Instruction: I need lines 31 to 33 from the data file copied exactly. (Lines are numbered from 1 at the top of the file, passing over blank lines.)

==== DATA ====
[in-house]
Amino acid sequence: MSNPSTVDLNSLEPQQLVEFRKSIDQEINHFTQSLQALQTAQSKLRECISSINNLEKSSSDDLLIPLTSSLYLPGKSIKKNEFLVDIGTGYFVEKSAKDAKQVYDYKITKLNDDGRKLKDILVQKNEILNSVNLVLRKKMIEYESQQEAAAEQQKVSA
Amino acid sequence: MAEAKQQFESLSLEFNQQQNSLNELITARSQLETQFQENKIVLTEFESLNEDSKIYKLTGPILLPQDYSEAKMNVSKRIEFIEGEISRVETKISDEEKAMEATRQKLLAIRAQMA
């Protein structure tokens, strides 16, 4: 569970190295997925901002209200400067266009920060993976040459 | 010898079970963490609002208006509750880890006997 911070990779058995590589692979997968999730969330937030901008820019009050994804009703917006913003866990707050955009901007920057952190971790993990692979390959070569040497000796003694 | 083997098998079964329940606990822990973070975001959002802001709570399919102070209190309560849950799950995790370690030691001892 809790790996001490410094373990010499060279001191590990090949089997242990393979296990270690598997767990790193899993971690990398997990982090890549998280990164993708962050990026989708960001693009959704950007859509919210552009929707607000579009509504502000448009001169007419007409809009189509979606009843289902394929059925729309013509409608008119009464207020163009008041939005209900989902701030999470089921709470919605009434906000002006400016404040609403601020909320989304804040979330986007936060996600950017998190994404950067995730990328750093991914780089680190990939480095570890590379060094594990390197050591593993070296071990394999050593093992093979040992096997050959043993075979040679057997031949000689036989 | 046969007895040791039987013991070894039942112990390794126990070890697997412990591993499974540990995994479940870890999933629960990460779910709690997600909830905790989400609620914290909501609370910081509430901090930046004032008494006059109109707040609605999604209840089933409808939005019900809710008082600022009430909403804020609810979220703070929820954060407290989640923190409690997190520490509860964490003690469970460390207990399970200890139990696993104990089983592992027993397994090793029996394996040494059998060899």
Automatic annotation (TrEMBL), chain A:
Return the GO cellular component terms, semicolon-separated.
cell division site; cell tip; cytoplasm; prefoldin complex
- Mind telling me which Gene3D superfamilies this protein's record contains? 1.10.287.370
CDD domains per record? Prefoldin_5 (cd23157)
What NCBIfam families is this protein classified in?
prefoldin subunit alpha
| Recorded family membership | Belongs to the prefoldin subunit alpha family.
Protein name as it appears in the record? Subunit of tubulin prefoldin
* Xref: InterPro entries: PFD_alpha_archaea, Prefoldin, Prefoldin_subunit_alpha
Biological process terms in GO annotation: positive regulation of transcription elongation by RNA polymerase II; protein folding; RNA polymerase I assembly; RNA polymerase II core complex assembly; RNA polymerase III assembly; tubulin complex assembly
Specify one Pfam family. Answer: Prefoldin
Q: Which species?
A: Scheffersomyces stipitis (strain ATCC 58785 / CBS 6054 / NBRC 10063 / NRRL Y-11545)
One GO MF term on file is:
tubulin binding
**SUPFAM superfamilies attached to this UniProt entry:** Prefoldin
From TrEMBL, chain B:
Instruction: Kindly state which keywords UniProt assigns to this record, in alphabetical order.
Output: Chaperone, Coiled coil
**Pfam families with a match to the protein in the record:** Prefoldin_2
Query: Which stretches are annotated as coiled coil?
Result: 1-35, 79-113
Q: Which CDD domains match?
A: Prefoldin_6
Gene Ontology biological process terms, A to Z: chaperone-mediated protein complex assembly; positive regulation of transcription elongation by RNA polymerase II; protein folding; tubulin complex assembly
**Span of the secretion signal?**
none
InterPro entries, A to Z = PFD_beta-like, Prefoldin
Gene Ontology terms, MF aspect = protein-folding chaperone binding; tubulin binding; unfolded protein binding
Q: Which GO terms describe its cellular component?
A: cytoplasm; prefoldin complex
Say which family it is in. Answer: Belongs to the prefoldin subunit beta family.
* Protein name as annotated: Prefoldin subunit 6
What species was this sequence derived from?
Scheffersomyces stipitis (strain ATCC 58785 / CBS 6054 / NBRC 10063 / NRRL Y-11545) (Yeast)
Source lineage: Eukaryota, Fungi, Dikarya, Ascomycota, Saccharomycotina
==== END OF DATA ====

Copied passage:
**Span of the secretion signal?**
none
InterPro entries, A to Z = PFD_beta-like, Prefoldin